glasgow

Glasgow’s War Against the Anguish of Urban Life

Fleur Macdonald

The rapid change in the city’s makeup was soon recognized as disastrous. Relocating workers and their families to new towns was described in mid-1960s parliamentary discussions as “skimming the cream”. In an internal review in 1971, the Scottish Office noted that the manner of population reduction was “destined within a decade or so to produce a seriously unbalanced population with a very high proportion [in central Glasgow] of the old, the very poor and the almost unemployable….”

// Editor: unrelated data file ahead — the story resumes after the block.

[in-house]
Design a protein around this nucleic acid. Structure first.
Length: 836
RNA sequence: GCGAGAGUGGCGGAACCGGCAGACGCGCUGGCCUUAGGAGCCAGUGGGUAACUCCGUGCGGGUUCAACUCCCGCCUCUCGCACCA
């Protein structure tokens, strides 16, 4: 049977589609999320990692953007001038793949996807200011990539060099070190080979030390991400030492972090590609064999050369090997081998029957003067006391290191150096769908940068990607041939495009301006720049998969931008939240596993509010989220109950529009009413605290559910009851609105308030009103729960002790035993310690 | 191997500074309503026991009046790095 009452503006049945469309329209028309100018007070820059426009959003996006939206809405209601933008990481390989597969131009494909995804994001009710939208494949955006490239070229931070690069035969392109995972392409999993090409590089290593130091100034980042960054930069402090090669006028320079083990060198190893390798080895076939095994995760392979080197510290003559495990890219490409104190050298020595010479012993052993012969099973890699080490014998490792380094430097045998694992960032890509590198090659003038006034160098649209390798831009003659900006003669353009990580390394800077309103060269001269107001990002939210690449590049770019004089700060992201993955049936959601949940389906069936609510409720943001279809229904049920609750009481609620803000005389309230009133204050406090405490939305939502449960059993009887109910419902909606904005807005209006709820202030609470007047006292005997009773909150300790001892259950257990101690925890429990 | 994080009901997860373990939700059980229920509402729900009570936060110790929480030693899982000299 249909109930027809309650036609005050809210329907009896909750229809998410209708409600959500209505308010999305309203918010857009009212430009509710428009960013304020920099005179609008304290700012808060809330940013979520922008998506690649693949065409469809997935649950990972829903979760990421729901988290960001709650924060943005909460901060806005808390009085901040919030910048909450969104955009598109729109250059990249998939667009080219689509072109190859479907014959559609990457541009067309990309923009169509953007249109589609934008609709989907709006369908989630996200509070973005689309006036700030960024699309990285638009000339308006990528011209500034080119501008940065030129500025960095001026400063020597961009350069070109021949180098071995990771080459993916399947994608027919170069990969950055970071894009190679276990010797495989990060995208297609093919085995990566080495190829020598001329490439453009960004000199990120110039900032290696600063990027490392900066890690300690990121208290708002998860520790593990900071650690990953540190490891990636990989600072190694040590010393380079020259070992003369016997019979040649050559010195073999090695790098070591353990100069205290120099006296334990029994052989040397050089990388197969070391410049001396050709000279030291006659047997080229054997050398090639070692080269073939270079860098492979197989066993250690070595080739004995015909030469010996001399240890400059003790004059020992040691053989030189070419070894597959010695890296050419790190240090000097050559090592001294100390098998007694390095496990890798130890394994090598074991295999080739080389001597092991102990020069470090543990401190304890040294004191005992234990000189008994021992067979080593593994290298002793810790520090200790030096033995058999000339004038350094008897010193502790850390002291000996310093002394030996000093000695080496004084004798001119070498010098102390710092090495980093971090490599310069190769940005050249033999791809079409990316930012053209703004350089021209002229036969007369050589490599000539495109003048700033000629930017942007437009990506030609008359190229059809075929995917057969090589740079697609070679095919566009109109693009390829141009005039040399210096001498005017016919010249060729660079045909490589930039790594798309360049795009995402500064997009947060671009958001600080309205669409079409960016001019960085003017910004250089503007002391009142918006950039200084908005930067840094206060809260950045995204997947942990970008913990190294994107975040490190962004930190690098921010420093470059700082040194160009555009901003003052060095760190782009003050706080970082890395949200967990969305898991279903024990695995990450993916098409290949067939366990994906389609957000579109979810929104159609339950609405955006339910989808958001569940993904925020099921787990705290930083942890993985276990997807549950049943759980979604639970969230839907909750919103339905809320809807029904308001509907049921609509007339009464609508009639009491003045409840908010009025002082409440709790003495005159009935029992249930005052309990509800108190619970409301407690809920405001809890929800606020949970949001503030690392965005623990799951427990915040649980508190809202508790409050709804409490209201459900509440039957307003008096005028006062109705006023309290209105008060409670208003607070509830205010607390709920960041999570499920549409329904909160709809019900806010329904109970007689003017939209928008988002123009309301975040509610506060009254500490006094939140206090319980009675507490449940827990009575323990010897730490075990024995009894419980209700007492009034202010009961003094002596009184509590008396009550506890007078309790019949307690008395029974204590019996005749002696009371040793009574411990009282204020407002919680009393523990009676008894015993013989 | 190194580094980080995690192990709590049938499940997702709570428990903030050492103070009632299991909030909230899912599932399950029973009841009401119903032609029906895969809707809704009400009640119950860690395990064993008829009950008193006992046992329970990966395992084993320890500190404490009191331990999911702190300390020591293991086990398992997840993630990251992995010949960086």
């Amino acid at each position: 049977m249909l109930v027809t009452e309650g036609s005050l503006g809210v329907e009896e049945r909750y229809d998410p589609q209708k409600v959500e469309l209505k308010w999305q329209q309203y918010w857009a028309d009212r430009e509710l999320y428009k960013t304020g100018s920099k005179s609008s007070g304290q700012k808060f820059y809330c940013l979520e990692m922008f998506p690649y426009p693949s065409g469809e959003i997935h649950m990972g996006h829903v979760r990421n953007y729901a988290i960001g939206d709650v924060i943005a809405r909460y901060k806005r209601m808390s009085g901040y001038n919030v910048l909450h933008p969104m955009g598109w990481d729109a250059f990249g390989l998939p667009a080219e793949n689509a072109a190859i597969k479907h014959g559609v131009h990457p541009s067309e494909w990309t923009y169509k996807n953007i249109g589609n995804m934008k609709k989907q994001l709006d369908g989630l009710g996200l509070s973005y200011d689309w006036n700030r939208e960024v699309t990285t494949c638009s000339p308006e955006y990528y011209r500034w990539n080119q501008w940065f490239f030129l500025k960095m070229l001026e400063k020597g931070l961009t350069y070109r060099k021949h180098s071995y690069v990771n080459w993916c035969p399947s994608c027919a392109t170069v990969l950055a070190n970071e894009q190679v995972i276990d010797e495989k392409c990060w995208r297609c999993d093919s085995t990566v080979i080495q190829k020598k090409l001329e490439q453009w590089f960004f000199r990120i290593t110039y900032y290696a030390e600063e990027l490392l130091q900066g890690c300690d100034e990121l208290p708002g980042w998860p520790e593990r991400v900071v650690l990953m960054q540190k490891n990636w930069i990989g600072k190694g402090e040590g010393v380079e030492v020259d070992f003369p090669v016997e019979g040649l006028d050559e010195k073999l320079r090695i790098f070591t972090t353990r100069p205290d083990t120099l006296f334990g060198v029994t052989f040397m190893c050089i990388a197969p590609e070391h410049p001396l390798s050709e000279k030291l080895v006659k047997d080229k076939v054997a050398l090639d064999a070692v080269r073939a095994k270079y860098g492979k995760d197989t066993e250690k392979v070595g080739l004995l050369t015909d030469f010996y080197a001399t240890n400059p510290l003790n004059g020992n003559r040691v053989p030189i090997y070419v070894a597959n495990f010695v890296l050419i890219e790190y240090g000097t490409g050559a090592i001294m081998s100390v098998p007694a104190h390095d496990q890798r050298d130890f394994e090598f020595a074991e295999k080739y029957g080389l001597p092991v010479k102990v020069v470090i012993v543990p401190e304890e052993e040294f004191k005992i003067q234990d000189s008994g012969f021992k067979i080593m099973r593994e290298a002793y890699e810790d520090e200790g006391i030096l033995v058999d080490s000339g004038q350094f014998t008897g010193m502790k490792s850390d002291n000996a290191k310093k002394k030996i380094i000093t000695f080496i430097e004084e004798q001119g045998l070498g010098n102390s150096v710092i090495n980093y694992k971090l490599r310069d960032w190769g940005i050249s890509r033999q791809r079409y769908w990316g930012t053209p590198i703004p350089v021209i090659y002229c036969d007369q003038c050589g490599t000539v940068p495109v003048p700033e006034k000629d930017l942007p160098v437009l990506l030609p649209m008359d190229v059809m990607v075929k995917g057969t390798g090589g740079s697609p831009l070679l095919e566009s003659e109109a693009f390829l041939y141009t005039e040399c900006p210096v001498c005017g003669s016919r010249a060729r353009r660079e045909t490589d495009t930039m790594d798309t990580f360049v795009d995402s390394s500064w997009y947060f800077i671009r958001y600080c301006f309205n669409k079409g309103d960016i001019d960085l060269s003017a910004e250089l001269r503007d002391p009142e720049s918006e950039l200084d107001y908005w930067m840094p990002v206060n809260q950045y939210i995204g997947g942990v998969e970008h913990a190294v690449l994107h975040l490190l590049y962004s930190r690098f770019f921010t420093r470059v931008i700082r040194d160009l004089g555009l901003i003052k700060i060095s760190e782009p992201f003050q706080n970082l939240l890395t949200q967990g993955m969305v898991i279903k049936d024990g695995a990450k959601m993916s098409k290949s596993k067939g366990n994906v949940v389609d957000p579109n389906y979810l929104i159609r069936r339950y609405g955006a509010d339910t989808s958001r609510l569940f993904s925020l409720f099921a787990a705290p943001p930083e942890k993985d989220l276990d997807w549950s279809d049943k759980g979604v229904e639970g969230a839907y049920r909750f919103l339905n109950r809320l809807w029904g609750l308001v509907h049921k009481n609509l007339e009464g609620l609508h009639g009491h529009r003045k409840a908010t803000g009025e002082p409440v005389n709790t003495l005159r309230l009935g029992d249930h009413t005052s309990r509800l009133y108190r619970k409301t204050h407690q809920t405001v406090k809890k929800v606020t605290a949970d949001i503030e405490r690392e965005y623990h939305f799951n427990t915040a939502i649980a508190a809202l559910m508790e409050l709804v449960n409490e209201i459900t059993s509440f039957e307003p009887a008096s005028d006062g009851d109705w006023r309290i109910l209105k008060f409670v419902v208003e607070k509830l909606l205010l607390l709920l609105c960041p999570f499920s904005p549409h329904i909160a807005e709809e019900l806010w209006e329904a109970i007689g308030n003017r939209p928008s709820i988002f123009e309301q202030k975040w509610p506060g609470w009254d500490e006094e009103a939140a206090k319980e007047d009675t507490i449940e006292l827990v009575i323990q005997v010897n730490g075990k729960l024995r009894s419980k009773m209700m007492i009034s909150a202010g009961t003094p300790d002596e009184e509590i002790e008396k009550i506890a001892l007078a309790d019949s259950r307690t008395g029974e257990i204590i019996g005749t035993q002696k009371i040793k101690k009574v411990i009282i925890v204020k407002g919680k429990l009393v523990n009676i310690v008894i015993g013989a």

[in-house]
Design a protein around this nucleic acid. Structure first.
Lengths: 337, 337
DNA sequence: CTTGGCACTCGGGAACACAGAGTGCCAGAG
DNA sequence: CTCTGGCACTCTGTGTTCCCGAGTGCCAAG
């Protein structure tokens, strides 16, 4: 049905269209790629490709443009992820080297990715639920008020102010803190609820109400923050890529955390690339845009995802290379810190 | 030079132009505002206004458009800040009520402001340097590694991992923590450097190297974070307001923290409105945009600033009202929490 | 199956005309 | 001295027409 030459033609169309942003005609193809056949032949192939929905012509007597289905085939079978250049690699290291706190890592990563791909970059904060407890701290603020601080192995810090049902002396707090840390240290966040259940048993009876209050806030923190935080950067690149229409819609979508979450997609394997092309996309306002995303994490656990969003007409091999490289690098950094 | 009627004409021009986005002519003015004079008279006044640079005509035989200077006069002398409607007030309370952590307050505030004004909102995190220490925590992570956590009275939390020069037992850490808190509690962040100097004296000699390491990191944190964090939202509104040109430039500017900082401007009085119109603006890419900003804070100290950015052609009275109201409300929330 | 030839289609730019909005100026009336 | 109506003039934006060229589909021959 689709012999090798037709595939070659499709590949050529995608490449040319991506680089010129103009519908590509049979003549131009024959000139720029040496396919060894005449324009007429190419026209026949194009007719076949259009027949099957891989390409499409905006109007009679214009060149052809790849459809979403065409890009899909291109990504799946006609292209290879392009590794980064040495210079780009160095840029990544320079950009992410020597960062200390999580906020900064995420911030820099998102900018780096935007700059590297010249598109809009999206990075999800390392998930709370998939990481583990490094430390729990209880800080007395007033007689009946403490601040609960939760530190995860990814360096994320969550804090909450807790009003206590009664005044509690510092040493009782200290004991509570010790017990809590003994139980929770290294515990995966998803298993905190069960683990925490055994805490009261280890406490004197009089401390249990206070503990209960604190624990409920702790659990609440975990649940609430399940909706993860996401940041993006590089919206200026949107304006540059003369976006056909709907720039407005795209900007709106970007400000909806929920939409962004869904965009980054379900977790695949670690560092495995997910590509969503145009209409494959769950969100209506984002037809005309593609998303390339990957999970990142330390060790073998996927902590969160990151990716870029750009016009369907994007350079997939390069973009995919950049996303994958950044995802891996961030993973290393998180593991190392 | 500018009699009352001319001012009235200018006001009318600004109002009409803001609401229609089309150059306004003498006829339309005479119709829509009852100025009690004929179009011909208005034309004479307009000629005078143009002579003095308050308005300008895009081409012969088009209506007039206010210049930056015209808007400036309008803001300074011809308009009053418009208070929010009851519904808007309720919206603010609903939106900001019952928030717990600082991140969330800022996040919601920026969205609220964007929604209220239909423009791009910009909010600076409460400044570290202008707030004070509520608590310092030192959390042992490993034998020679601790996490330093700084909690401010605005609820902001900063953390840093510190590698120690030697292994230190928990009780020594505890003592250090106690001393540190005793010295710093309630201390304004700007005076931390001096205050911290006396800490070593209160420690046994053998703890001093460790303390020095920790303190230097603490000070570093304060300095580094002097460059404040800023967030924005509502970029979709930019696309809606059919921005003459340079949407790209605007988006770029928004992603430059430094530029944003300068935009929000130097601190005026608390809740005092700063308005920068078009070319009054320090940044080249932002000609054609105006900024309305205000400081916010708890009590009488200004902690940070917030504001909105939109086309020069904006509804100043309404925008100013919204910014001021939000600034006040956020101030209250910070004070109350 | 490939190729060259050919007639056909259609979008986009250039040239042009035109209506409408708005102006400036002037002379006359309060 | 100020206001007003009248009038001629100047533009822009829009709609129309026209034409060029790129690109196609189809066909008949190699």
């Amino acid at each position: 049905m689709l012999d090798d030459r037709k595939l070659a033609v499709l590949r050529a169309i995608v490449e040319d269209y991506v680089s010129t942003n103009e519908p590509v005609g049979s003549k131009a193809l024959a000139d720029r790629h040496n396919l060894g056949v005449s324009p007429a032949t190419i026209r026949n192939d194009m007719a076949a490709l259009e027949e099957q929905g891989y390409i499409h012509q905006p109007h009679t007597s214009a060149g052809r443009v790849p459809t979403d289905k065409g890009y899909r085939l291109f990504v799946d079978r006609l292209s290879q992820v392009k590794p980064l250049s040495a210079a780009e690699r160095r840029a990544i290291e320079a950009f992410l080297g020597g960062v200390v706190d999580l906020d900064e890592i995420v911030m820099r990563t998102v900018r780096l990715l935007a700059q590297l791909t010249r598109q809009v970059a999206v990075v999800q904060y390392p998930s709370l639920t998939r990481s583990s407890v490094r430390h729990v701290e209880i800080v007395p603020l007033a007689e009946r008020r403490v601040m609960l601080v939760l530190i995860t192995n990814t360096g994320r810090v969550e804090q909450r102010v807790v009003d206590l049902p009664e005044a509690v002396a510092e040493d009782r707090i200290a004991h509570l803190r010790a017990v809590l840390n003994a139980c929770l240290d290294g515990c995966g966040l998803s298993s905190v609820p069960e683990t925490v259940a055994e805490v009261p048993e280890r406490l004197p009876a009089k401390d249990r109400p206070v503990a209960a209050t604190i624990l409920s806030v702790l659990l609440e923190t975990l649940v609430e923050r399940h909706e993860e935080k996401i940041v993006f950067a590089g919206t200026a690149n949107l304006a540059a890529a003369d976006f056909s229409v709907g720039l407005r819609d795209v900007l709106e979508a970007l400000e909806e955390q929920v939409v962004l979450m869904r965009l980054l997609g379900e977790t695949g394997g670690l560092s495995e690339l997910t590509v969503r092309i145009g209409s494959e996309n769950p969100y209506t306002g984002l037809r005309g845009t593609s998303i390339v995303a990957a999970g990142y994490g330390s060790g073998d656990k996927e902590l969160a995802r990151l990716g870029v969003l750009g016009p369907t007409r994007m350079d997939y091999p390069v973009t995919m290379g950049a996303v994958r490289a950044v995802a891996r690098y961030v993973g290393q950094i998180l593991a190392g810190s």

In Search of Scotland’s National Poet

Hal Gordon

Why should a sober, respectable and hard-headed people like the Scots choose for their national poet a romantic rebel who thumbed his nose at all authority and was as free with liquor as he was with women? Instead of Burns Night suppers, asks Morton, shouldn’t we expect the practical-minded Scots to have founded Macadam Societies, to honor the pioneer of improved roads? Or Mackintosh Societies, to honor the inventor of the waterproof? 

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